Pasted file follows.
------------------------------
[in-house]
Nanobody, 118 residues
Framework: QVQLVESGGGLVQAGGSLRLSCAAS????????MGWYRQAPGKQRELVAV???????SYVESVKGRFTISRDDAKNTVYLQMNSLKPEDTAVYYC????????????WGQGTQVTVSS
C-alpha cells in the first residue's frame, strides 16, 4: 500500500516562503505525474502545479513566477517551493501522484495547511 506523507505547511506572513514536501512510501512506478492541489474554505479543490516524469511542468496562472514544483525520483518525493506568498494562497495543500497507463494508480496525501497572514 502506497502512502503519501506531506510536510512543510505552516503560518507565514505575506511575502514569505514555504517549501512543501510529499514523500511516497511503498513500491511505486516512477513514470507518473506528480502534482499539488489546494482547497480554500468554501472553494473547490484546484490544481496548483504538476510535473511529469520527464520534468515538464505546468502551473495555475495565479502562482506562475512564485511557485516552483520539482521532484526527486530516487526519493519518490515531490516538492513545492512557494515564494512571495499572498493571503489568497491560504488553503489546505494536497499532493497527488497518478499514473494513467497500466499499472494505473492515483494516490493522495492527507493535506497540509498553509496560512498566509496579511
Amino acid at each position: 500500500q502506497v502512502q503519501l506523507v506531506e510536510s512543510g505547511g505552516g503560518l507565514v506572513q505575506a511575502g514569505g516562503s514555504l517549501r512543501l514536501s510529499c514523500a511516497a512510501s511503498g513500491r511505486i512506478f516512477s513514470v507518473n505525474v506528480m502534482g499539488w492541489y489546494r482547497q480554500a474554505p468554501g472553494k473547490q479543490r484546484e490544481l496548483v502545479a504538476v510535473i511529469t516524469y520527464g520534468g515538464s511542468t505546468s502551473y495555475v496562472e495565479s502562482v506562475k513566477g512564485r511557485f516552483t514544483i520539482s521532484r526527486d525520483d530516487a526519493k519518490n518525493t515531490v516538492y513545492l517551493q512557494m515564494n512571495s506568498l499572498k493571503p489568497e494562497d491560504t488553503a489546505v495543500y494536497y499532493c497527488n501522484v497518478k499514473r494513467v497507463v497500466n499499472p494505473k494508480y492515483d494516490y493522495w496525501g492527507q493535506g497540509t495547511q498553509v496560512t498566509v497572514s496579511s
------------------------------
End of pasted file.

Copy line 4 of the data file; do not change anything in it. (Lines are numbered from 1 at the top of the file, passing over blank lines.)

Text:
C-alpha cells in the first residue's frame, strides 16, 4: 500500500516562503505525474502545479513566477517551493501522484495547511 506523507505547511506572513514536501512510501512506478492541489474554505479543490516524469511542468496562472514544483525520483518525493506568498494562497495543500497507463494508480496525501497572514 502506497502512502503519501506531506510536510512543510505552516503560518507565514505575506511575502514569505514555504517549501512543501510529499514523500511516497511503498513500491511505486516512477513514470507518473506528480502534482499539488489546494482547497480554500468554501472553494473547490484546484490544481496548483504538476510535473511529469520527464520534468515538464505546468502551473495555475495565479502562482506562475512564485511557485516552483520539482521532484526527486530516487526519493519518490515531490516538492513545492512557494515564494512571495499572498493571503489568497491560504488553503489546505494536497499532493497527488497518478499514473494513467497500466499499472494505473492515483494516490493522495492527507493535506497540509498553509496560512498566509496579511